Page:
Summit County officials extend public health order, discuss flu shots and rising case numbers
KEYSTONE — With rising cases and an increase in outbreaks, county commissioners decided to extend the public health order for another month at a Summit County Board of Health meeting Tuesday, Sept. 29.
This time around, the county will be extending the order as is, maintaining the countywide mask mandate and 10-person limit on personal gatherings.
“If we turn our train around and get back on track with implementing all of our public health order and physical distancing protocols with our employers, hopefully we can … move to a lesser restrictive phase sometime in October, at which point we would update the local order,” Public Health Director Amy Wineland said.
At the meeting, Wineland updated the board on the county’s plan to have a point of distribution site for administering flu shots this fall.
The county will be providing flu shots from 9 a.m. to 1 p.m. Oct. 10 and from 2-6 p.m. Oct. 21. The site will be operating as a drive-thru clinic at the transit bus barn at the industrial park at the County Commons in Frisco.
County officials have said that getting a flu shot is incredibly important this year as it will help alleviate confusion between symptoms of the flu and those of the novel coronavirus.
While the county is offering flu shots, it isn’t the only place making them available. Local pharmacies and practices offer shots, as well. Wineland said City Market stores in Summit County are already reporting a higher number of shots administered this year than in years past.
At the meeting, County Manager Scott Vargo also discussed potential new coronavirus relief funds. Vargo said the county heard from the Colorado Department of Local Affairs that $29 million in CARES Act funding will be available to counties or local governments for reimbursement.
“Unlike the original allocation, which was based on population, this is based more strictly on need or a demonstrated need,” he said. “We will be, again, demonstrating our need.”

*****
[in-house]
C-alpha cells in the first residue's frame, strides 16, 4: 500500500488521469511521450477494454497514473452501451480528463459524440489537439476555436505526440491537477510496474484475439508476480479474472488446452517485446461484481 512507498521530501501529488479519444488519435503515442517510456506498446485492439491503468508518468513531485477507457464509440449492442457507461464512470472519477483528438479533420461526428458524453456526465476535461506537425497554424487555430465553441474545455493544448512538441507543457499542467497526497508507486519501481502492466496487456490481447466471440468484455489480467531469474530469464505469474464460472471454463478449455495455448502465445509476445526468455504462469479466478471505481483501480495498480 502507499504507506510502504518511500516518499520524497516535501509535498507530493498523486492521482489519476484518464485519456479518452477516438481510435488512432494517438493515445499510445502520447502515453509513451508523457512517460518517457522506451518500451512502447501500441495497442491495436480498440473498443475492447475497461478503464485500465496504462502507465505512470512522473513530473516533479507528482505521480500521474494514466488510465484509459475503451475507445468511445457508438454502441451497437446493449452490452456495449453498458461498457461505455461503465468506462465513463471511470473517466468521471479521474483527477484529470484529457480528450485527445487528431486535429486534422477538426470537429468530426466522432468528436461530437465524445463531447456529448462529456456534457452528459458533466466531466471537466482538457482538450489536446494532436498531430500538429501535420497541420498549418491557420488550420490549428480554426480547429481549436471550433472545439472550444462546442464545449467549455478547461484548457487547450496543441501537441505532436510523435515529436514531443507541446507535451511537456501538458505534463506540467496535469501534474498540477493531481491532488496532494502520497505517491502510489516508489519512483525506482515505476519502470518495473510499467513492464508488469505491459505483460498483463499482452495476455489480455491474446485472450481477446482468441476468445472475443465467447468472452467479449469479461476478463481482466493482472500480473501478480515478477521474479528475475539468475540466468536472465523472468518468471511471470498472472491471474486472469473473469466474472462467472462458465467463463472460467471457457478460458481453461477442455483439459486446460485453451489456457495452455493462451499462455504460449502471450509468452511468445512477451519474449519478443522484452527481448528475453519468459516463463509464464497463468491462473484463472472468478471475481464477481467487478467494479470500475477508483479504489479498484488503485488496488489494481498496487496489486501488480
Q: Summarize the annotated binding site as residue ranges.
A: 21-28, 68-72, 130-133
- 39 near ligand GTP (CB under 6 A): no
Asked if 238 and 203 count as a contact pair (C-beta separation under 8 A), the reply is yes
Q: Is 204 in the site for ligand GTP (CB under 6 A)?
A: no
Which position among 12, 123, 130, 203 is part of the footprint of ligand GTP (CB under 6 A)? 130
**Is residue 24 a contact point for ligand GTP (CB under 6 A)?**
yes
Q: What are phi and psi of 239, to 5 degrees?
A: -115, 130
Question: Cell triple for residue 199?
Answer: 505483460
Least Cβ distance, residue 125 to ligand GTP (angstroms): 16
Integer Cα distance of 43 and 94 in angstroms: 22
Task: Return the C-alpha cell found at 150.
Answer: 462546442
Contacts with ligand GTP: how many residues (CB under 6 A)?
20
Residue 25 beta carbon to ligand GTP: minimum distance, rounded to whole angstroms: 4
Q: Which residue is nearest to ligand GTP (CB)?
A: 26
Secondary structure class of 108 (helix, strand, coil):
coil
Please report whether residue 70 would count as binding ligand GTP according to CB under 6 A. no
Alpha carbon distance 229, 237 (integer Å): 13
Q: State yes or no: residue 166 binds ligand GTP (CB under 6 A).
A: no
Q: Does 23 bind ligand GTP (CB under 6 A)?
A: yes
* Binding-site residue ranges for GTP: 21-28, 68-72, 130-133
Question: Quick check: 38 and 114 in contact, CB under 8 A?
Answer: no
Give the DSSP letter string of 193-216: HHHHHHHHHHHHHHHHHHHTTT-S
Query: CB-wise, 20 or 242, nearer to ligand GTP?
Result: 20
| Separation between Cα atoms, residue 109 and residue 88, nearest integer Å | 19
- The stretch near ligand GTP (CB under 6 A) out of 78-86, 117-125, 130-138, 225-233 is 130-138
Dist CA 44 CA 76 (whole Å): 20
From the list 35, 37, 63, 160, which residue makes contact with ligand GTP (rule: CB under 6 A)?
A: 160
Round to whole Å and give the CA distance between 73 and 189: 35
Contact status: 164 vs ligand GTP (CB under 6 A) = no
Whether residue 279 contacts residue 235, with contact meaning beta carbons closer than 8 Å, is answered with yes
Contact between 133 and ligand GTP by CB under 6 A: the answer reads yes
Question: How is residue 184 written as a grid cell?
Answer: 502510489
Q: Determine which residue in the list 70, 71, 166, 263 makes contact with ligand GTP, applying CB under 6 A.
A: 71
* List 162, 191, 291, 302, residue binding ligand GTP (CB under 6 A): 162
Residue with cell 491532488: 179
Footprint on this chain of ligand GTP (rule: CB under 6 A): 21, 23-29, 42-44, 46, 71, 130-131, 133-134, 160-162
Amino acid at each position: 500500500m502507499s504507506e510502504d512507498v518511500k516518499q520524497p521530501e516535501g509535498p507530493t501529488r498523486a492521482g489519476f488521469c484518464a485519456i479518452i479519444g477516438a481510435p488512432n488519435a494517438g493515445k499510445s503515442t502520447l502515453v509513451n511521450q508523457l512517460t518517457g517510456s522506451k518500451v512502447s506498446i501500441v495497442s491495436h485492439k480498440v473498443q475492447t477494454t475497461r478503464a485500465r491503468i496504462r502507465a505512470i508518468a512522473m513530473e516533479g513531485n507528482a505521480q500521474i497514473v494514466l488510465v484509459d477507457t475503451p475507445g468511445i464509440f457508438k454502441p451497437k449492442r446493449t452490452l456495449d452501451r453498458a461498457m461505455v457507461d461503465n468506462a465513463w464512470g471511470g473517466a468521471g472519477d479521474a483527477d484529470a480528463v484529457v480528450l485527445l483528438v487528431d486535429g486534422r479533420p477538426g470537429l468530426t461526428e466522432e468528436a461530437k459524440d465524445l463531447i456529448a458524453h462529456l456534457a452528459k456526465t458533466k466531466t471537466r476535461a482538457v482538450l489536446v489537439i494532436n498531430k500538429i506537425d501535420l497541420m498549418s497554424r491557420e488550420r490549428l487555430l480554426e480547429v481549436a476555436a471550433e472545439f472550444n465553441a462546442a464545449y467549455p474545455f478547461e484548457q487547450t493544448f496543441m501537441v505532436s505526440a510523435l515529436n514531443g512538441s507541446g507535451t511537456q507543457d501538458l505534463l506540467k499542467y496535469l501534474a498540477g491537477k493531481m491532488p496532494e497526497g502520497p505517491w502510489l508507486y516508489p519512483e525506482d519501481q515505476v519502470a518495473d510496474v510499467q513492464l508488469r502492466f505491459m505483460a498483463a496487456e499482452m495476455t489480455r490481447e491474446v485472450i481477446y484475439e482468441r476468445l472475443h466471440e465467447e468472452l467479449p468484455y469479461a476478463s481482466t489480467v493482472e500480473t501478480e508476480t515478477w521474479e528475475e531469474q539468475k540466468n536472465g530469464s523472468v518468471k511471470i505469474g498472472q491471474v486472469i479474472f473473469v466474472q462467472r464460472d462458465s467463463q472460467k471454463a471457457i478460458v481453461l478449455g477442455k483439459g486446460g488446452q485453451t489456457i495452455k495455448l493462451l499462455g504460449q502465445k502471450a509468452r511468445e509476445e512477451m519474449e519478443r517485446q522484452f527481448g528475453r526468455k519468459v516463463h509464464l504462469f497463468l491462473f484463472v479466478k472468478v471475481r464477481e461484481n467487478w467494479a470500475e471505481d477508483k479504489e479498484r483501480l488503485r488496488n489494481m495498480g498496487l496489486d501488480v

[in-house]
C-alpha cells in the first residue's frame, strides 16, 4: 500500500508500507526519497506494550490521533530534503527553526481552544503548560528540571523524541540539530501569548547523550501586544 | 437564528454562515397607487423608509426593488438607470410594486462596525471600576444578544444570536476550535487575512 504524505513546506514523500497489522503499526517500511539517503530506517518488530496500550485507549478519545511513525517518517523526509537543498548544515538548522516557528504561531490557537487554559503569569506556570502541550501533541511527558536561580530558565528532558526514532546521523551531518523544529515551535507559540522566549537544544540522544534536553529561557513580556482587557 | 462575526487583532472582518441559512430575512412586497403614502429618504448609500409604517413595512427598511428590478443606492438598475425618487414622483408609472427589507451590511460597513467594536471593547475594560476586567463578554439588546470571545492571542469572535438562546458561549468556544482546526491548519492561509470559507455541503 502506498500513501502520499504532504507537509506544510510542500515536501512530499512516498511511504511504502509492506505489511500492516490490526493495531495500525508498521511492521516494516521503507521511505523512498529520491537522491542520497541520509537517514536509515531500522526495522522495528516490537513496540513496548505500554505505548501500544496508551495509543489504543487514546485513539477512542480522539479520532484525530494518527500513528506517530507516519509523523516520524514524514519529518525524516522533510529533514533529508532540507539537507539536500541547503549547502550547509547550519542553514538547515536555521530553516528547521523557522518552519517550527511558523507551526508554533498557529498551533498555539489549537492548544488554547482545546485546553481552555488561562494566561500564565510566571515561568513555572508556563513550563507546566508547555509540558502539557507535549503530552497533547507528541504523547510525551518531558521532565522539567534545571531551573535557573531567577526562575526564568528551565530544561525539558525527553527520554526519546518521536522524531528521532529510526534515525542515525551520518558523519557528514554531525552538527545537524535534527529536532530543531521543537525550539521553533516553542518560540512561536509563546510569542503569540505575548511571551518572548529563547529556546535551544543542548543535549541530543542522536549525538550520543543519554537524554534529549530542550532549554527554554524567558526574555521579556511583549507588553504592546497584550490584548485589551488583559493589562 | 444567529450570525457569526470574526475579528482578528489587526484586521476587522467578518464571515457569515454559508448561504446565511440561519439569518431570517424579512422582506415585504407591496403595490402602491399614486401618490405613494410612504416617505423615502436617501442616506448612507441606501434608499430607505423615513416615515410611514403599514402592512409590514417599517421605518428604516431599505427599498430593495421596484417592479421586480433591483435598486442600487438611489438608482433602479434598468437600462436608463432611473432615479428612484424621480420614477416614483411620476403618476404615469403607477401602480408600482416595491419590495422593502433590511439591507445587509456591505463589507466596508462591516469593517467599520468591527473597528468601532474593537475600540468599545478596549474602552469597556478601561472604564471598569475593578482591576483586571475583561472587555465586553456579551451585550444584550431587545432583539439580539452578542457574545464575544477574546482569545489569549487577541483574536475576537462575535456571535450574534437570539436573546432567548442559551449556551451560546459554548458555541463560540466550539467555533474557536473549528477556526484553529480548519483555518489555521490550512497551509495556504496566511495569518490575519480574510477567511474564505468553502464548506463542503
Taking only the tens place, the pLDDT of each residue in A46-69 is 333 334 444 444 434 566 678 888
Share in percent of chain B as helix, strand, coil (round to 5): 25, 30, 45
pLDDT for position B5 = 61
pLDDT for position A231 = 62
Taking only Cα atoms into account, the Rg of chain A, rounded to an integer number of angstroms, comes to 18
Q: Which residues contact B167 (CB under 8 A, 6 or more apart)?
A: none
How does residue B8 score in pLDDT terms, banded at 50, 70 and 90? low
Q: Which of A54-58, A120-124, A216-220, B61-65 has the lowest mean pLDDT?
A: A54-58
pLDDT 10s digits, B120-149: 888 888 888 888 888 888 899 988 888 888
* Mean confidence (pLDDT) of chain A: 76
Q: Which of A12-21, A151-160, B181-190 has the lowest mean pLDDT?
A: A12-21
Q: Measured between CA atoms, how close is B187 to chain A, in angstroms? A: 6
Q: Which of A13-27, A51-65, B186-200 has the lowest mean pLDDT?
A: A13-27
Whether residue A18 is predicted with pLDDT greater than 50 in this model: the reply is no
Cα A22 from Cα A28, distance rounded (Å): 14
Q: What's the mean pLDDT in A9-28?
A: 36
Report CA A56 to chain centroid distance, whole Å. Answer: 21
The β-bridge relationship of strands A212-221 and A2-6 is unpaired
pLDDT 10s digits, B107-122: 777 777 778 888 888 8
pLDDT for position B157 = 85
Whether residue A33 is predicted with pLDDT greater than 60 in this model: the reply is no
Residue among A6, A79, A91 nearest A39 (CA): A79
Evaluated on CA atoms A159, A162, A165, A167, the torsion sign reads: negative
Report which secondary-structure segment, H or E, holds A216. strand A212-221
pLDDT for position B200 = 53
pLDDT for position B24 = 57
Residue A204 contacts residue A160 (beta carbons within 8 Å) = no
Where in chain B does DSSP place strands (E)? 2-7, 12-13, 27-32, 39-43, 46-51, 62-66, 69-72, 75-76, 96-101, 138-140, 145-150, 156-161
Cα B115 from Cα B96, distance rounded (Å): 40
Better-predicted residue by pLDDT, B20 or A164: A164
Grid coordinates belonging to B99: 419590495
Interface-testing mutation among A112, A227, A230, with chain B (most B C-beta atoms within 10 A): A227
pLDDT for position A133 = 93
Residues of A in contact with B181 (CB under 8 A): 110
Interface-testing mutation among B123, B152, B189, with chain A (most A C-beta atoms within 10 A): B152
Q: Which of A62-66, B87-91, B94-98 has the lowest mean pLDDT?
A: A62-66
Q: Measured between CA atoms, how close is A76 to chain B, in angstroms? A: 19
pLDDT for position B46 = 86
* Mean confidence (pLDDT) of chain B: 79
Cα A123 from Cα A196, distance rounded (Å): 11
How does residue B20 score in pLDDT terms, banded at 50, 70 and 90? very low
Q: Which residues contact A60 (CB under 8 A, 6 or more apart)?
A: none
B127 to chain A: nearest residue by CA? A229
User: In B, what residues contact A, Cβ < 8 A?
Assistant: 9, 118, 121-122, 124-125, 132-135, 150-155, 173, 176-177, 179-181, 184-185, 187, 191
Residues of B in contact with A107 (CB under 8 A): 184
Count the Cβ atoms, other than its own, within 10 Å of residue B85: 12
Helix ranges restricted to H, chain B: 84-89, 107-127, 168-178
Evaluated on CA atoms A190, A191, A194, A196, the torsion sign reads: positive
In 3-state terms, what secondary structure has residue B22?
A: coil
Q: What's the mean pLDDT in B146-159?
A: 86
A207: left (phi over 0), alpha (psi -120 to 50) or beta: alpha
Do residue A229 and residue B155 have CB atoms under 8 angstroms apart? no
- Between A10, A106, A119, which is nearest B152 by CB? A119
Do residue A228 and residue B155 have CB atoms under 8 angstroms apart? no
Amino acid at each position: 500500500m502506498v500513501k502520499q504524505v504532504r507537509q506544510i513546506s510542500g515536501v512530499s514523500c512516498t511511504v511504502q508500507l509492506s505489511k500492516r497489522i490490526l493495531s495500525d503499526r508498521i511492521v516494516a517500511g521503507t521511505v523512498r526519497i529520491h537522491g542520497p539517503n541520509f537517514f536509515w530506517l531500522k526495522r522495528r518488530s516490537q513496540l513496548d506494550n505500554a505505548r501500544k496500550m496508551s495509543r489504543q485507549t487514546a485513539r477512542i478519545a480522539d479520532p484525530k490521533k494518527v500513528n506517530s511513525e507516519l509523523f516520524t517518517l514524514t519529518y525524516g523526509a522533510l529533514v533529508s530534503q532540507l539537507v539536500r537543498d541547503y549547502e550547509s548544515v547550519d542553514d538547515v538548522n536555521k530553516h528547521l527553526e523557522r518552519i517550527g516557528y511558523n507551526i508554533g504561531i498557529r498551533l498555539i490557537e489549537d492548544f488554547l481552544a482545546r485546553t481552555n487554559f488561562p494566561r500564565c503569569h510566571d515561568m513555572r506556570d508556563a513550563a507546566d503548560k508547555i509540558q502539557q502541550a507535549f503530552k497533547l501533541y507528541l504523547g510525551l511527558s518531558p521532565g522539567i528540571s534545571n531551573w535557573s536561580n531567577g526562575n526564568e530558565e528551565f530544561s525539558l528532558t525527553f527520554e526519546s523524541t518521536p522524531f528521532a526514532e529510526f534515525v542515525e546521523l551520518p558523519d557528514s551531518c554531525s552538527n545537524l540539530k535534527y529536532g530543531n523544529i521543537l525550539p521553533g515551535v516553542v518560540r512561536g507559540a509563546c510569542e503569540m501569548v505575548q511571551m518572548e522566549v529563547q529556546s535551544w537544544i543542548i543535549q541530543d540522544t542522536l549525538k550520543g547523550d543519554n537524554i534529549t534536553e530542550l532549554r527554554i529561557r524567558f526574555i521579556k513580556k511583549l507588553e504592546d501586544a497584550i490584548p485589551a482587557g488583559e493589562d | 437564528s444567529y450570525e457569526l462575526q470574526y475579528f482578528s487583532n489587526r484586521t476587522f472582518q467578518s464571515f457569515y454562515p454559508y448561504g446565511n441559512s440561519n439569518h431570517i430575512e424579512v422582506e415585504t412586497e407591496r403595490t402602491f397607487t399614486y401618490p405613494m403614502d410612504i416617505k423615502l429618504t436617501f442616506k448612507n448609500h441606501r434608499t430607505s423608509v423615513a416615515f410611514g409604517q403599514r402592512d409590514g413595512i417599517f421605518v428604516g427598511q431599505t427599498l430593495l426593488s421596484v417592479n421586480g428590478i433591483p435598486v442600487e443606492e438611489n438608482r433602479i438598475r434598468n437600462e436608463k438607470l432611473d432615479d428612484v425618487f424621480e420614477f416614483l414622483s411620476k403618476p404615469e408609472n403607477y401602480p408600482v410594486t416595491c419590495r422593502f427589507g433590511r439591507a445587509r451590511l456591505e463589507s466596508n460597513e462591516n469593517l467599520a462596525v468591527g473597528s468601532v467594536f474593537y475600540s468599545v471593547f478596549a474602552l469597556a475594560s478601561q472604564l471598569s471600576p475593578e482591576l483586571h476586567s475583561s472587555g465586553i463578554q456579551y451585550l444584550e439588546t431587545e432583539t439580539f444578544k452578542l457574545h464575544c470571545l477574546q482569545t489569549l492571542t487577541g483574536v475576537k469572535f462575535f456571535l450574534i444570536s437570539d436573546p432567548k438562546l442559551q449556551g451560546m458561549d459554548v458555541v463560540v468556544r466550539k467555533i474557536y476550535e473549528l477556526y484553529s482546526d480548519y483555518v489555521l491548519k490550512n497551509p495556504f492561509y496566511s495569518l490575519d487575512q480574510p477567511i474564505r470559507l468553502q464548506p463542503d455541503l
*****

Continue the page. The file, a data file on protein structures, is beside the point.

Vargo said he is hopeful the county will receive the funding because resort communities have been hit harder with more visitors coming during the pandemic.
“Resort communities have experienced a lot more activity, a lot more challenges than other parts of the state,” he said.
Vargo said the county will be able to use any money it receives to help fund its expenses for extra contact tracing personnel, emergency operations employees, personal protective equipment and more.
Commissioner Thomas Davidson suggested the county find a way to provide the funding to help nonprofits like the Family & Intercultural Resource Center provide rental relief. In the past, the county spent money out of its general fund to support those efforts, which was later reimbursed as part of the CARES Act, Vargo said.
“We’ve got to make sure that by the end of the year, we don’t leave any of these federal dollars on the table,” Davidson said. “Whether it’s food assistance or whether it’s rental assistance … if we think there’s a way that we could qualify for something additional in the second round from the state, then maybe we should have conversations with the FIRC.”
The board also discussed plans to host a town hall event to help the community understand all of the restrictions and concerns surrounding the pandemic.
Commissioner Elisabeth Lawrence said the town hall will serve as a “come to Jesus talk” as case numbers and outbreaks throughout the county have been on the rise.
“Our activity levels have gone up, so (we’re) trying to share that information and let folks know what’s happening, what we’re seeing (and) how they may be able to help to impact that direction,” Vargo said.
The town hall is tentatively scheduled for the evening of Monday, Oct. 5, Vargo said.
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